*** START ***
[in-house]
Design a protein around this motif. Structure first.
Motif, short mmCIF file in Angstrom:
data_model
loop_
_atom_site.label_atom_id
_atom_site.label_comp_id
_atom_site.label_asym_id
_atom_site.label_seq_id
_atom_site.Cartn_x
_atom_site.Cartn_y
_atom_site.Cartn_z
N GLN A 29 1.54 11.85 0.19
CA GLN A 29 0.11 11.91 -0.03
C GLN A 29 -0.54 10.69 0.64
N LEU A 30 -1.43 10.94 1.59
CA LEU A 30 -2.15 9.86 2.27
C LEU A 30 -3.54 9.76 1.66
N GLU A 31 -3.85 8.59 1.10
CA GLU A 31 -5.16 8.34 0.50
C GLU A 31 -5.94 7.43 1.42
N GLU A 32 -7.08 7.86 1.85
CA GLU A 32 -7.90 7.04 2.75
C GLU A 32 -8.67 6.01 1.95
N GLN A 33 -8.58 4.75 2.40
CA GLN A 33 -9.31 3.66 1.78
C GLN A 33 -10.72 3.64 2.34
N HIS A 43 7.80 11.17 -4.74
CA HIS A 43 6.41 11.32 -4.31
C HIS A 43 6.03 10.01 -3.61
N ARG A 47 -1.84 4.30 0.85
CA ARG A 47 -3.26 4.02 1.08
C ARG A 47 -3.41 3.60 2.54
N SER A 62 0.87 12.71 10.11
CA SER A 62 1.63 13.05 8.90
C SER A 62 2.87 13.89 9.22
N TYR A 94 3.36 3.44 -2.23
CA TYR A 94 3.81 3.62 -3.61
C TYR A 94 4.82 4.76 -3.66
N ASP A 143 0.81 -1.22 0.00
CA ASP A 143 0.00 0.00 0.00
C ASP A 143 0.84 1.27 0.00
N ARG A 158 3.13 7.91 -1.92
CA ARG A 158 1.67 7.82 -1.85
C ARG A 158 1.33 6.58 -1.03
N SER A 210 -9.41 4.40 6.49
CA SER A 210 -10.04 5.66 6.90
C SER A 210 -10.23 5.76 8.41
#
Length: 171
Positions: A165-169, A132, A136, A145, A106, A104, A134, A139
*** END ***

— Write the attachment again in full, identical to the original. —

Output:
[in-house]
Design a protein around this motif. Structure first.
Motif, short mmCIF file in Angstrom:
data_model
loop_
_atom_site.label_atom_id
_atom_site.label_comp_id
_atom_site.label_asym_id
_atom_site.label_seq_id
_atom_site.Cartn_x
_atom_site.Cartn_y
_atom_site.Cartn_z
N GLN A 29 1.54 11.85 0.19
CA GLN A 29 0.11 11.91 -0.03
C GLN A 29 -0.54 10.69 0.64
N LEU A 30 -1.43 10.94 1.59
CA LEU A 30 -2.15 9.86 2.27
C LEU A 30 -3.54 9.76 1.66
N GLU A 31 -3.85 8.59 1.10
CA GLU A 31 -5.16 8.34 0.50
C GLU A 31 -5.94 7.43 1.42
N GLU A 32 -7.08 7.86 1.85
CA GLU A 32 -7.90 7.04 2.75
C GLU A 32 -8.67 6.01 1.95
N GLN A 33 -8.58 4.75 2.40
CA GLN A 33 -9.31 3.66 1.78
C GLN A 33 -10.72 3.64 2.34
N HIS A 43 7.80 11.17 -4.74
CA HIS A 43 6.41 11.32 -4.31
C HIS A 43 6.03 10.01 -3.61
N ARG A 47 -1.84 4.30 0.85
CA ARG A 47 -3.26 4.02 1.08
C ARG A 47 -3.41 3.60 2.54
N SER A 62 0.87 12.71 10.11
CA SER A 62 1.63 13.05 8.90
C SER A 62 2.87 13.89 9.22
N TYR A 94 3.36 3.44 -2.23
CA TYR A 94 3.81 3.62 -3.61
C TYR A 94 4.82 4.76 -3.66
N ASP A 143 0.81 -1.22 0.00
CA ASP A 143 0.00 0.00 0.00
C ASP A 143 0.84 1.27 0.00
N ARG A 158 3.13 7.91 -1.92
CA ARG A 158 1.67 7.82 -1.85
C ARG A 158 1.33 6.58 -1.03
N SER A 210 -9.41 4.40 6.49
CA SER A 210 -10.04 5.66 6.90
C SER A 210 -10.23 5.76 8.41
#
Length: 171
Positions: A165-169, A132, A136, A145, A106, A104, A134, A139